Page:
Global Ag News for Feb 5.24
Ukraine Corn Plantings Set to Dip in 2024 as Crop Uncompetitive
Ukrainian farmers are expected to plant less corn this year, as the crop isn’t competitive, according to Ukrainian Deputy Agriculture Minister Taras Vysotskyi.
- The area of oilseed crops is likely to grow
- The agriculture ministry is surveying agribusinesses about intended plantings and will release further details later, Vysotskyi told Bloomberg
FUTURES & WEATHER
Wheat prices overnight are down 6 in SRW, down 6 1/2 in HRW, down 4 1/2 in HRS; Corn is down 2 1/2; Soybeans down 3/4; Soymeal down $0.70; Soyoil up 0.16.
Markets finished last week with wheat prices up 1/4 in SRW, up 1/4 in HRW, up 2 in HRS; Corn is unchanged; Soybeans down 6 1/2; Soymeal up $1.80; Soyoil down 0.66.
For the month to date wheat prices are down 1 1/2 in SRW, down 3 1/2 in HRW, up 3 in HRS; Corn is down 8; Soybeans down 34 1/2; Soymeal down $12.20; Soyoil down 1.13.
Year-To-Date nearby futures are down 5.5% in SRW, down 3.7% in HRW, down 3.9% in HRS; Corn is down 6.6%; Soybeans down 8.2%; Soymeal down 7.7%; Soyoil down 6.2%.
Chinese Ag futures (MAY 24) Soybeans down 15 yuan; Soymeal down 10; Soyoil down 48; Palm oil down 36; Corn down 12 — Malaysian Palm is up 38. Malaysian palm oil prices overnight were up 38 ringgit (+1.01%) at 3802.
There were changes in registrations (-57 SRW Wheat). Registration total: 792 SRW Wheat contracts; 0 Oats; 6 Corn; 495 Soybeans; 125 Soyoil; 1 Soymeal; 104 HRW Wheat.
Preliminary changes in futures Open Interest as of February 2 were: SRW Wheat down 5,877 contracts, HRW Wheat up 2,137, Corn up 6,655, Soybeans up 3,579, Soymeal up 2,615, Soyoil up 3,098.
Brazil: Scattered showers fell across much of the central states and southern states saw some isolated showers as well. Scattered showers should continue across the central all week. Southern areas may have to wait until this weekend for more widespread showers to move in, but they could be significant when they do. Rain showers are expected to be of normal intensity across the central, allowing for a normal pace of field work in most areas. A dry spell last week allowed for good progress of both harvest and planting last week.
Argentina: Surprisingly decent showers went through western areas over the weekend, but most areas of the country remained dry with temperatures up around or over 100F again. Some isolated showers may occur over southern areas early this week with a front getting into the region by Wednesday. That front should finally bring good showers to much of the country later this week and weekend while temperatures will fall back to normal as well. The potentially good rainfall is needed to turn around crop conditions after more than two weeks of dry conditions and a week of 100-degree heat.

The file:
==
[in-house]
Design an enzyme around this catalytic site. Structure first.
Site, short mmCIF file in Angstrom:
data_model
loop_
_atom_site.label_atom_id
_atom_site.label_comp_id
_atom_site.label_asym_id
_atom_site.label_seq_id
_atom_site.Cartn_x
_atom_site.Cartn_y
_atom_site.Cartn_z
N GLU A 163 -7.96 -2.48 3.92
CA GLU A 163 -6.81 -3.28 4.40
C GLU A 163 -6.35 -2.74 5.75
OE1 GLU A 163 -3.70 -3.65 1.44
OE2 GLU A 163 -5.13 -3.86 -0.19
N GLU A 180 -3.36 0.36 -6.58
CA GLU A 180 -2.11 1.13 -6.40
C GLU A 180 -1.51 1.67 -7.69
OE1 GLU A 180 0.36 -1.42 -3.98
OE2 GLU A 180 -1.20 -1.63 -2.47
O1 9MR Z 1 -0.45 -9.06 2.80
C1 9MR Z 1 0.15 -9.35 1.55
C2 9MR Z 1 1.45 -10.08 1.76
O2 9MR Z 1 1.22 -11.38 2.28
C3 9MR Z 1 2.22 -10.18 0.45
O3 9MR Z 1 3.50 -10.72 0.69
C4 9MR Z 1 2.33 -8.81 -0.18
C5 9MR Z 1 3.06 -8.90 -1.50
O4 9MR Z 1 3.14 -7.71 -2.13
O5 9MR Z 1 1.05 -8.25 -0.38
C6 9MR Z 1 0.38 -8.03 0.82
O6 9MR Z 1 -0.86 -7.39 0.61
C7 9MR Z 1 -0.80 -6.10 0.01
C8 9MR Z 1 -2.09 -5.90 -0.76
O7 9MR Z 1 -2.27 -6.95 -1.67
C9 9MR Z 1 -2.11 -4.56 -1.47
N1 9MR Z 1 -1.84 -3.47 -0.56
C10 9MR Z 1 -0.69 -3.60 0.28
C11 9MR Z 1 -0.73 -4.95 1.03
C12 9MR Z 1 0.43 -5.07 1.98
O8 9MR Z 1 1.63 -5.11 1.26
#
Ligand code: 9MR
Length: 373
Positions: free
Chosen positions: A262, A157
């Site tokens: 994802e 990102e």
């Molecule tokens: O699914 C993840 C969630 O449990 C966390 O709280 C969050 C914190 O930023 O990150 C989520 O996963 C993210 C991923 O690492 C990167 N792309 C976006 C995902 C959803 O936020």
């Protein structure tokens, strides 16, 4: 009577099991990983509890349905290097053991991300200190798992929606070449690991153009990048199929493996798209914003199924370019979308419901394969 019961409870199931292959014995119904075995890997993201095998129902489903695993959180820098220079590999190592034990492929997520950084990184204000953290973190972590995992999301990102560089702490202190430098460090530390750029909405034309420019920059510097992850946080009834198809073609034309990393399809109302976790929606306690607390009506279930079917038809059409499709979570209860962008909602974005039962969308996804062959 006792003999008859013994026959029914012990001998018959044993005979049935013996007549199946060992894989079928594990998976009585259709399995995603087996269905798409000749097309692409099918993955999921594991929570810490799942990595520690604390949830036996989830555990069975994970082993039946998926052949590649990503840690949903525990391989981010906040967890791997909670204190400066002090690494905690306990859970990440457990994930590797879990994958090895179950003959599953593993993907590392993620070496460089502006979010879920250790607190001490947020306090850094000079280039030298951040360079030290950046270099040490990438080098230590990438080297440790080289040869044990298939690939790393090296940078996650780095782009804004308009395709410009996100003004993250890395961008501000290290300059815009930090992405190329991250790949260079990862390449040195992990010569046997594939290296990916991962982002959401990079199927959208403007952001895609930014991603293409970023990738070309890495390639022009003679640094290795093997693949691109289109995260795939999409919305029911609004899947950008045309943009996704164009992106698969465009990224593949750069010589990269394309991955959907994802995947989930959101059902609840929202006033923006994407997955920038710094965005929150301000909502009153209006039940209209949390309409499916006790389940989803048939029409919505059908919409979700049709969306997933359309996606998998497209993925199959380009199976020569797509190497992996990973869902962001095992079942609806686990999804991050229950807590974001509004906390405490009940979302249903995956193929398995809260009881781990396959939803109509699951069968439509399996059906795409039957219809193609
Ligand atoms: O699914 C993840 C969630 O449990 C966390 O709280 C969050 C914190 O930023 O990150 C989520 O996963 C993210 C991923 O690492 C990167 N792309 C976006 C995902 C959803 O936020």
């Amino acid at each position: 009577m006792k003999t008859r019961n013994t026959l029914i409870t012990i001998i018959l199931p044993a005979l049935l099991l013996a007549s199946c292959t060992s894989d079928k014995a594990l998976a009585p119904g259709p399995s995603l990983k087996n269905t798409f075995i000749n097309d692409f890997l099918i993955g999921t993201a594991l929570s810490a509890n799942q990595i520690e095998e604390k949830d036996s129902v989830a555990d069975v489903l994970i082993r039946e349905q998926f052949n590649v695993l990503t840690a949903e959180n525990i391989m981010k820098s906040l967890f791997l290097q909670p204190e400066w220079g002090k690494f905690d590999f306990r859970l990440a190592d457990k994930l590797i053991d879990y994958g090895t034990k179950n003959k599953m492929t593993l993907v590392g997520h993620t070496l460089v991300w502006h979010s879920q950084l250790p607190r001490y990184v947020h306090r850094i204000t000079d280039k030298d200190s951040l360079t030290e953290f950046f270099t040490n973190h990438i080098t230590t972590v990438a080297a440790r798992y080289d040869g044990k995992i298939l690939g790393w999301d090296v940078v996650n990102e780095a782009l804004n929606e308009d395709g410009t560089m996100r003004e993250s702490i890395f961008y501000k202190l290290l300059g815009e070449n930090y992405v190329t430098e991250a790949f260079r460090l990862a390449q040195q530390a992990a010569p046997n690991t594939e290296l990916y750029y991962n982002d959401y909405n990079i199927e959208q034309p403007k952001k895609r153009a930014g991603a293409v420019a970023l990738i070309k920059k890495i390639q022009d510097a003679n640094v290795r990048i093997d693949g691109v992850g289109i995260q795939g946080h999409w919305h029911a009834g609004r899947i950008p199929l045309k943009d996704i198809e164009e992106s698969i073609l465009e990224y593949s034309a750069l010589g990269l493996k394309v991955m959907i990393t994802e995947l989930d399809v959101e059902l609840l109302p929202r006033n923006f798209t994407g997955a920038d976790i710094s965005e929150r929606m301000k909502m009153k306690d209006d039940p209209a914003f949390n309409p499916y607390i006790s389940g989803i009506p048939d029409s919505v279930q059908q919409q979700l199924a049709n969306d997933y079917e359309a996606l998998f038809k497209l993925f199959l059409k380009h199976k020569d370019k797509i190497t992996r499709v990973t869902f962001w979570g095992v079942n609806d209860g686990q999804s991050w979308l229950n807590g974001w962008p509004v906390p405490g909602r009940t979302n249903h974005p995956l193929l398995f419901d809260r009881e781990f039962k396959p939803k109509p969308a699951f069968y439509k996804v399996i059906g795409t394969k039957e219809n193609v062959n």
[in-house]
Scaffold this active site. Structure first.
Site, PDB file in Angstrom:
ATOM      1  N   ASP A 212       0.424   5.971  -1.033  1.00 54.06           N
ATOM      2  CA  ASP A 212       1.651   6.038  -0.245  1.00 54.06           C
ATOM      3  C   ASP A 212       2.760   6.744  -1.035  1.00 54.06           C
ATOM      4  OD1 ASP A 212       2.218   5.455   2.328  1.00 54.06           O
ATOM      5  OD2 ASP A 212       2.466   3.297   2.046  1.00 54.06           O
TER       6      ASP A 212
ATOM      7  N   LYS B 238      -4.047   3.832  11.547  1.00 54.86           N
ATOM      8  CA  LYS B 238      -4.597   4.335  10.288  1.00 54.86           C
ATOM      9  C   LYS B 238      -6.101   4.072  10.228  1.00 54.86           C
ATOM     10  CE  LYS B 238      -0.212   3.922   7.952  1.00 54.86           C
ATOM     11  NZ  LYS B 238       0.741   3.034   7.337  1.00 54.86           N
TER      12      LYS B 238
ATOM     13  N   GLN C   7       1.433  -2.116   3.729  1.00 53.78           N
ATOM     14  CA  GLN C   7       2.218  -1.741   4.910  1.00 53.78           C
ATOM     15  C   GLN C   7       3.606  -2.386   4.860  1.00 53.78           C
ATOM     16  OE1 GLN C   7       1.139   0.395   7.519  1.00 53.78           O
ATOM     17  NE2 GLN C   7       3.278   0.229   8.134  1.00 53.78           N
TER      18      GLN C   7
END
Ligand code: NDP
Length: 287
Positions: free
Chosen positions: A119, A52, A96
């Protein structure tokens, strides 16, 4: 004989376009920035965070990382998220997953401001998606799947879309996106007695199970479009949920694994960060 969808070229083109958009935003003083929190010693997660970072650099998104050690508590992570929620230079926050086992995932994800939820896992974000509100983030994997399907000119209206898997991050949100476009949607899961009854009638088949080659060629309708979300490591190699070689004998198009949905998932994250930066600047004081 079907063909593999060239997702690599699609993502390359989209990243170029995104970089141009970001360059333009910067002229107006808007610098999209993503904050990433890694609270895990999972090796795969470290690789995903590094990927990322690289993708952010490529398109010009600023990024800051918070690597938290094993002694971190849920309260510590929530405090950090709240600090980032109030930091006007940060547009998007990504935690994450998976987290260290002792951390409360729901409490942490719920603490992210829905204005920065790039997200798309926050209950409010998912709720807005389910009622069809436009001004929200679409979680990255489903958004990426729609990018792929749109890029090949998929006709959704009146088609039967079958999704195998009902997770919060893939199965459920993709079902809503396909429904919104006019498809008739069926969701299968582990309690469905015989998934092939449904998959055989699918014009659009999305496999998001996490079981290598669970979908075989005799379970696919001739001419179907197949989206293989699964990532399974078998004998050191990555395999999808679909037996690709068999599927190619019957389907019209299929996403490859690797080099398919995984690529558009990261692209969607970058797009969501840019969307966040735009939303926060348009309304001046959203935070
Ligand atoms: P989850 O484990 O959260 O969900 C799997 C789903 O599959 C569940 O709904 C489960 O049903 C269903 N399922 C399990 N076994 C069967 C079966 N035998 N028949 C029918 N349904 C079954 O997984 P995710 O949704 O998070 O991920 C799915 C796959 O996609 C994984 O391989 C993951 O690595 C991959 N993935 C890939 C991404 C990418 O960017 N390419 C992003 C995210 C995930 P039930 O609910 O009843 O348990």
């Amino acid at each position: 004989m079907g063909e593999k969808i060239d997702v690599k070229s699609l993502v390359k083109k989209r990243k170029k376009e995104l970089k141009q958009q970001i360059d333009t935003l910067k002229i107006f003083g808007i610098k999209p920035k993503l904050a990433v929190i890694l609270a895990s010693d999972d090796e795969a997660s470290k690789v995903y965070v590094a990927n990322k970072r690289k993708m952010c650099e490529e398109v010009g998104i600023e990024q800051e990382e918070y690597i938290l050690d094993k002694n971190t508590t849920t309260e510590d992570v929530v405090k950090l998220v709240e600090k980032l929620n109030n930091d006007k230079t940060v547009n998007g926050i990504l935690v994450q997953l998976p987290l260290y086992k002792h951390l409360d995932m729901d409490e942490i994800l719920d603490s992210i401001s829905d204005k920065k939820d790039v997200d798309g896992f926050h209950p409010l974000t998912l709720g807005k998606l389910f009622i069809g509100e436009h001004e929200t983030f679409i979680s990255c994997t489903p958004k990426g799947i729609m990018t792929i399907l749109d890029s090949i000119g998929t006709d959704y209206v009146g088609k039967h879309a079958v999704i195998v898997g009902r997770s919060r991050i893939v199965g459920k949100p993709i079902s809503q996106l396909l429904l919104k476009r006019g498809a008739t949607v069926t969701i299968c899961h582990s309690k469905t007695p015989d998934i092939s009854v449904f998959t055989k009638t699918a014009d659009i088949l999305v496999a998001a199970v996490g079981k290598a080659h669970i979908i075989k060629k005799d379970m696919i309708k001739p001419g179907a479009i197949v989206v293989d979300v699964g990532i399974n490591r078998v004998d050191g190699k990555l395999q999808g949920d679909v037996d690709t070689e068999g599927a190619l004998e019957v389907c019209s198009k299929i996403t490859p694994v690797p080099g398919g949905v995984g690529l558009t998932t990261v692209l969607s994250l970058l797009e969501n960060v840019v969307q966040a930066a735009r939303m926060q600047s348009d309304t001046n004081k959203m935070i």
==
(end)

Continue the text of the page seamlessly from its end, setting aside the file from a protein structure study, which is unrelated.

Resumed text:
Europe: It was again dry and warm across southern growing areas while soil moisture falls for vegetative wheat in Spain and Italy. A storm system will move through southern areas later this week with more impulses through the weekend which will be helpful for reversing the dryness trend. Temperatures will continue to be warm with no threat of an arctic freeze.
Australia: The remnants of Tropical Cyclone Kirrily moved through the outback this weekend and will bring showers through New South Wales on Monday, being favorable for dry areas that continue to have deficits. Drier weather elsewhere in the country is unfavorable for cotton and sorghum that are mostly filling.
Northern Plains: Scattered showers moved through over the weekend. Another storm system will move through Wednesday and Thursday with a mix of rain and snow, but the snow that falls could be hefty across the north. Recent and forecast precipitation will help to ease some of the recent dryness in the region.
Central/Southern Plains: A system moved through with areas of heavy precipitation over the weekend. Significant snow fell in the far northwest near the mountains. A system will move through on Wednesday and Thursday with scattered showers and another will move through southern areas this weekend that could have a mix of heavy rain and snow. Long-term deficits remain in some areas but continue to have an active pattern that is helping to gradually erase them.
Midwest: The region largely missed a storm system this weekend, but southwestern Missouri did get in on a band of moderate to heavy rain. It continues to be very warm and snow continues to melt, boosting soil moisture in a lot of areas. A system will go through Thursday with scattered showers and another will move across southern areas Sunday and Monday. The latter storm could bring a mix of heavy rain and snow to some areas. Temperatures behind that system will decrease, but still stay seasonable.